So if the road of excess leads to the palace of wisdom what was the one thing, Slash learned from his time in the biggest band on earth? ‘The one thing I learned? To take charge of everything to do with my career… and really not to trust anybody.’
He formed his sideproject, The Snakepit, playing a handful of dates, and then became an in-demand session guitarist. An (ex)Gun for hire, playing with people ranging from Alice Cooper and Insane Clown Posse, to Ray Charles, Stevie Wonder and even Michael Jackson – one of the only men more allegedly crazy and demanding than his former lead singer.
Despite the acrimony and stress at the end of the Guns N’ Roses days, it’s still a band he rightfully defends. The perceived wisdom is that Nirvana and the Seattle grunge scene overtook hard rock (and bands like Guns N’ Roses) in the early 90s, but Slash laughs incredulously when I suggest this: ‘That’s pretty much a line of bullshit right there, that never happened. Basically the band broke up right around the time that all that was happening, and a lot of the grunge bands – who are majorly influenced by Guns N’ Roses – all of a sudden thought they’d taken over. But we just broke up and it had nothing to do with what was going on [with grunge], because in 1994 we were still the biggest stadium band, so it didn’t really have any effect on us.’
Guns N’ Roses carried on with only singer Axl Rose remaining from the original line-up. Slash says he has little interest in following the band now although he did try to go and watch them play just out of interest: ‘But they wouldn’t let me in, the whole Guns N’ Roses management and whatnot.’ It wouldn’t matter, because ironically he went one better and teamed up with former Guns bassist Duff McKagan and Matt Sorum, (who had joined Guns N’ Roses in 1991) and formed a new band, Velvet Revolver. They recruited former Stone Temple Pilots singer Scott Weiland and ex-Danzig and Suicidal Tendencies guitarist Dave Kushner to complete the group. Their first album Contaband (2004) topped the Bilboard 100, and they won a Grammy for Best Hard Rock performers.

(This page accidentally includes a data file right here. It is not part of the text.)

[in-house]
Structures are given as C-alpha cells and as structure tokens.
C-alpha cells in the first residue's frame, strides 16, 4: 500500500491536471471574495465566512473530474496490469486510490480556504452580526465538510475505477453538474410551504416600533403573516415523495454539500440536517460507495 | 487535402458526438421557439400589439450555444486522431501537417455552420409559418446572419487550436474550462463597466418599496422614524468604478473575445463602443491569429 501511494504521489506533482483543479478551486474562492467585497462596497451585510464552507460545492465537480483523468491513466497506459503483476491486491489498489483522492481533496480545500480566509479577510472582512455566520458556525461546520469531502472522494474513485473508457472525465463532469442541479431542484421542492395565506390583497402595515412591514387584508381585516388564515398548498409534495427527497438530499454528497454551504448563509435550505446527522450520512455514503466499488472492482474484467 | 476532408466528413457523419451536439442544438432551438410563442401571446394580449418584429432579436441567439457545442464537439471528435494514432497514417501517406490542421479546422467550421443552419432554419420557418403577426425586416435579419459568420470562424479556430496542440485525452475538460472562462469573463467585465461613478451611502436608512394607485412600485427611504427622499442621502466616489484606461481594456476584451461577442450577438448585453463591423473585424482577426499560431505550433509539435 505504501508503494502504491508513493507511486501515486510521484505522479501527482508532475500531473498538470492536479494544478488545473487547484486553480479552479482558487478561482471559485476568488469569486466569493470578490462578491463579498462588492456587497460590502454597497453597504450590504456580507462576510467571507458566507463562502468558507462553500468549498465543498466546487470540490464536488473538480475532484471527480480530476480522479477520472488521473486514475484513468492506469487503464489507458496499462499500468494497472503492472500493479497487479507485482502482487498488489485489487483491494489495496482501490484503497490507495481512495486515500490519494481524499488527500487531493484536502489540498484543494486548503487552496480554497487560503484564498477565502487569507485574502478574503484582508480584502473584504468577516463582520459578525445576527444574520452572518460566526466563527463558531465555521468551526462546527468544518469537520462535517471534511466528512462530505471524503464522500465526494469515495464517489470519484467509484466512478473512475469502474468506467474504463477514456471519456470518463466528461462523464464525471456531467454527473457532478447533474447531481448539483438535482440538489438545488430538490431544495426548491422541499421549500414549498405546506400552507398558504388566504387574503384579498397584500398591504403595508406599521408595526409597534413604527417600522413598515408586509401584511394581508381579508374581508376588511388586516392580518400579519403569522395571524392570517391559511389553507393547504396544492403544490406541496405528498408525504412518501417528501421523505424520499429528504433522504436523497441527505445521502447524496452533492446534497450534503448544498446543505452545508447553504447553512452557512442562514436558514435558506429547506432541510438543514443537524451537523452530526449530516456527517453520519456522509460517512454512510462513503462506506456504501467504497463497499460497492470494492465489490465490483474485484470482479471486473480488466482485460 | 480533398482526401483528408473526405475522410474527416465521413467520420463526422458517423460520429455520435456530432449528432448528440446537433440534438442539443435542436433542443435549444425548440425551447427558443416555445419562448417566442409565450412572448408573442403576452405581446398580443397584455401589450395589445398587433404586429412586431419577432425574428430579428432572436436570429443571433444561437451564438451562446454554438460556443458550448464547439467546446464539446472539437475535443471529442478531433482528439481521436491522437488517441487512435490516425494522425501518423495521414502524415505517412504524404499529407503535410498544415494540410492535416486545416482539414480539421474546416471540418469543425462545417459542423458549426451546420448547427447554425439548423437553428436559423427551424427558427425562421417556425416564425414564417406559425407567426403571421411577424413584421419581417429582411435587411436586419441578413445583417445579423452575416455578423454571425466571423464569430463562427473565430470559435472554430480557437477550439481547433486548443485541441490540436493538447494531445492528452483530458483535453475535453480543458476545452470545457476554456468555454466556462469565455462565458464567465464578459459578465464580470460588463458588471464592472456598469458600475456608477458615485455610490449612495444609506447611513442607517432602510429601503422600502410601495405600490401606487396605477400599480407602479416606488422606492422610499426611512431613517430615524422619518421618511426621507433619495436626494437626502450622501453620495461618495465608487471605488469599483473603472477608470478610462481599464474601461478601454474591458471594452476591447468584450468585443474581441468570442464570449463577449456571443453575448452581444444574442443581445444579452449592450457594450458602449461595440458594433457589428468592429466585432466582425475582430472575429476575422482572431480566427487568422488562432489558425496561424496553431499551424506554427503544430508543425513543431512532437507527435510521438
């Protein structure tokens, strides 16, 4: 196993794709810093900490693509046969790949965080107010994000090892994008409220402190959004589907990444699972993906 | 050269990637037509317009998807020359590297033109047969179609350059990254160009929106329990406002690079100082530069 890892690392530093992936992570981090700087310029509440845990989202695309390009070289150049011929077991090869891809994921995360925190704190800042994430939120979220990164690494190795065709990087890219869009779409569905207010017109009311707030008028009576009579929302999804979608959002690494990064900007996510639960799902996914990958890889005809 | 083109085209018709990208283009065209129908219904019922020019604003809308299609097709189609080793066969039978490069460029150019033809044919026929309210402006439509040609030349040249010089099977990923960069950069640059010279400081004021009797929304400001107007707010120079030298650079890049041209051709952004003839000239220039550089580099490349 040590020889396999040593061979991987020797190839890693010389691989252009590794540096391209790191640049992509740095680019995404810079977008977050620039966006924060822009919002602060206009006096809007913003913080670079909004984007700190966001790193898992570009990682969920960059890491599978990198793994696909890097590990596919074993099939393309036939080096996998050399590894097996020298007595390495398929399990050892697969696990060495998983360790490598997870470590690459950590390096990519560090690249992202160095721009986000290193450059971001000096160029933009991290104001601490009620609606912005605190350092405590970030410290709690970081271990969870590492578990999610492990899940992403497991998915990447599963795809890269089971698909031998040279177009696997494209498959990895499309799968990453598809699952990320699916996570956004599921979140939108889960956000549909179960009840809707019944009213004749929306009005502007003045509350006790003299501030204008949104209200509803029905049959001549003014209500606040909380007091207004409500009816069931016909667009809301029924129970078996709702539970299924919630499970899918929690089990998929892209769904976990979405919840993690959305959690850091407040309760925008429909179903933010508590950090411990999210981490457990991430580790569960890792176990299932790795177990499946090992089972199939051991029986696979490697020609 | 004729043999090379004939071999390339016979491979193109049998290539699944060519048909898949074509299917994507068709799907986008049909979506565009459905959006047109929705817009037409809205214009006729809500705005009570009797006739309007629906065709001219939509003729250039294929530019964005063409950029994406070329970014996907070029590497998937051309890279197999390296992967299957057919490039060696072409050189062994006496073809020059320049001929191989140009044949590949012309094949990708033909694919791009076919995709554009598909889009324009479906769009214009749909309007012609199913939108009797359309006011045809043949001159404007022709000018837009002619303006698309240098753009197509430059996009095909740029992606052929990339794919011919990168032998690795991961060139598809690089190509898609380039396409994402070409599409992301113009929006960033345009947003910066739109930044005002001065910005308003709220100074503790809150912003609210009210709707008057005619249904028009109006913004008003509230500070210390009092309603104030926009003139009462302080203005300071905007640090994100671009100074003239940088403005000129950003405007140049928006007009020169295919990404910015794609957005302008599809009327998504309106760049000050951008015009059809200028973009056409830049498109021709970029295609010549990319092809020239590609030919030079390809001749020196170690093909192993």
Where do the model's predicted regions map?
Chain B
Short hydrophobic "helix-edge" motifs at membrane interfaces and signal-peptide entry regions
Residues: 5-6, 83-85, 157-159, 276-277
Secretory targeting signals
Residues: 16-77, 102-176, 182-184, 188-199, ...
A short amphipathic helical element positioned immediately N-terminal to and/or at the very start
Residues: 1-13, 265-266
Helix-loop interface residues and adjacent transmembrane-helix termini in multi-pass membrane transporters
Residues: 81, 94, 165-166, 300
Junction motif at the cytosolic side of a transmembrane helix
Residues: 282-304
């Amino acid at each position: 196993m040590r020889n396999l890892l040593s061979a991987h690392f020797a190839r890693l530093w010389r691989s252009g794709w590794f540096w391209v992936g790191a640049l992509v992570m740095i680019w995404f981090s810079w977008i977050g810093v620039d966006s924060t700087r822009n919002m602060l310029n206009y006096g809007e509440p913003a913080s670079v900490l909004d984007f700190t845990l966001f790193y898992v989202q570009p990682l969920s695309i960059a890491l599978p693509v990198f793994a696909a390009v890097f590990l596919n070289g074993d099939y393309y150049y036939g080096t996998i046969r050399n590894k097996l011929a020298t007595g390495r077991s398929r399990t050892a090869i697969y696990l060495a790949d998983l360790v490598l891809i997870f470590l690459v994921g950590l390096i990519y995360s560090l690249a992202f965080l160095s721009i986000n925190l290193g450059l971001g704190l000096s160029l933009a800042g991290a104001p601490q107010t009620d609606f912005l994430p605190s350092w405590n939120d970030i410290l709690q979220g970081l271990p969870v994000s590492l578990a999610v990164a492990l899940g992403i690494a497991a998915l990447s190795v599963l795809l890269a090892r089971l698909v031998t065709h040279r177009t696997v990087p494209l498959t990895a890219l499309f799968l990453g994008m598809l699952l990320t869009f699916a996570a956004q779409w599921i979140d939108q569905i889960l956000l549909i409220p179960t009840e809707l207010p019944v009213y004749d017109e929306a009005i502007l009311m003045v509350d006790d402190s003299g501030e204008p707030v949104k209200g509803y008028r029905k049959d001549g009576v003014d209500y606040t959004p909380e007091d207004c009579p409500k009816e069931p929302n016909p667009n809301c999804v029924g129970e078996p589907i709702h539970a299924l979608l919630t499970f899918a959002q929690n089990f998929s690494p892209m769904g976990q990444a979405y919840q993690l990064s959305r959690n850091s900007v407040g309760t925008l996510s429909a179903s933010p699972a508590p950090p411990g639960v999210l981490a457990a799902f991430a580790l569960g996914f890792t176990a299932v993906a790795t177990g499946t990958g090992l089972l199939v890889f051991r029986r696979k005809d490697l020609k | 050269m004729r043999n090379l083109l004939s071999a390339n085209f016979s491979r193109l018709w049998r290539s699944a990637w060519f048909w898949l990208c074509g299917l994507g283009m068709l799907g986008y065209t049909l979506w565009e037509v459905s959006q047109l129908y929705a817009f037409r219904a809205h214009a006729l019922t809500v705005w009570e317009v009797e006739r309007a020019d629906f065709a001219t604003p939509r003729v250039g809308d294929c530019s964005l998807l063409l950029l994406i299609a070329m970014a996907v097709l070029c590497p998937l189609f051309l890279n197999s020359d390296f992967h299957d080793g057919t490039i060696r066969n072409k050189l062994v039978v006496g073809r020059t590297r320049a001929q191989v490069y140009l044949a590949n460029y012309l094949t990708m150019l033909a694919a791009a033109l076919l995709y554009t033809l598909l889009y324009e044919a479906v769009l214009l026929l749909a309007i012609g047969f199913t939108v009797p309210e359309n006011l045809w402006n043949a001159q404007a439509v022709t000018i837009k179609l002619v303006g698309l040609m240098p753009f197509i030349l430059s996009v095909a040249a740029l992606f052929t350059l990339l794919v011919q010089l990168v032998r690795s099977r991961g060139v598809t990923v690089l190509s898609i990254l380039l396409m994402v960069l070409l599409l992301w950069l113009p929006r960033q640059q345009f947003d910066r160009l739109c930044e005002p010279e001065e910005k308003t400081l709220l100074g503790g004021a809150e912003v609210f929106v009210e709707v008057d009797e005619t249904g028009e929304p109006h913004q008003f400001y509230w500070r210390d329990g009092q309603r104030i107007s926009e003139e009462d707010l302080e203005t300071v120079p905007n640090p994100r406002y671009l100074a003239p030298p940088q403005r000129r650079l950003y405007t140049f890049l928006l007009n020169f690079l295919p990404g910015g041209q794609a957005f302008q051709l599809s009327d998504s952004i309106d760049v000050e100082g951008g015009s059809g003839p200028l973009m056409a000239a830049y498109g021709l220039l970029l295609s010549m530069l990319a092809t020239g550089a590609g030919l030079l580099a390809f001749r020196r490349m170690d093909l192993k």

A second album came out last year (Libertad) to acclaimed reviews, and they’re now one of the best touring bands to see live. But how does touring now compare to the days of intoxication, other than the obvious?
‘It’s not that much of a change,’ says Slash. ‘Some things have changed, but y’know the basics of it stay the same. Sure, there were some great times in the 80s too, but I just enjoy what I do – it’s a very rock and roll family, so it kind of reminds me of my childhood.’ Until he was seven years old, Slash lived in England. His father was an artist who designed album covers for the likes of Neil Young and Joni Mitchell, while his mother was a costume designer who made outfits for the David Bowie film The Man Who Fell To Earth. After his parent split up, his mum dated Bowie, so The Thin White Duke briefly raised Slash.
Slash is now a father himself. ‘Having kids is kind of a cool thing. I’ve got two boys and it feels like an extension of my youth. And growing up in the kind of environment that I provide is going to be an interesting experience for them.’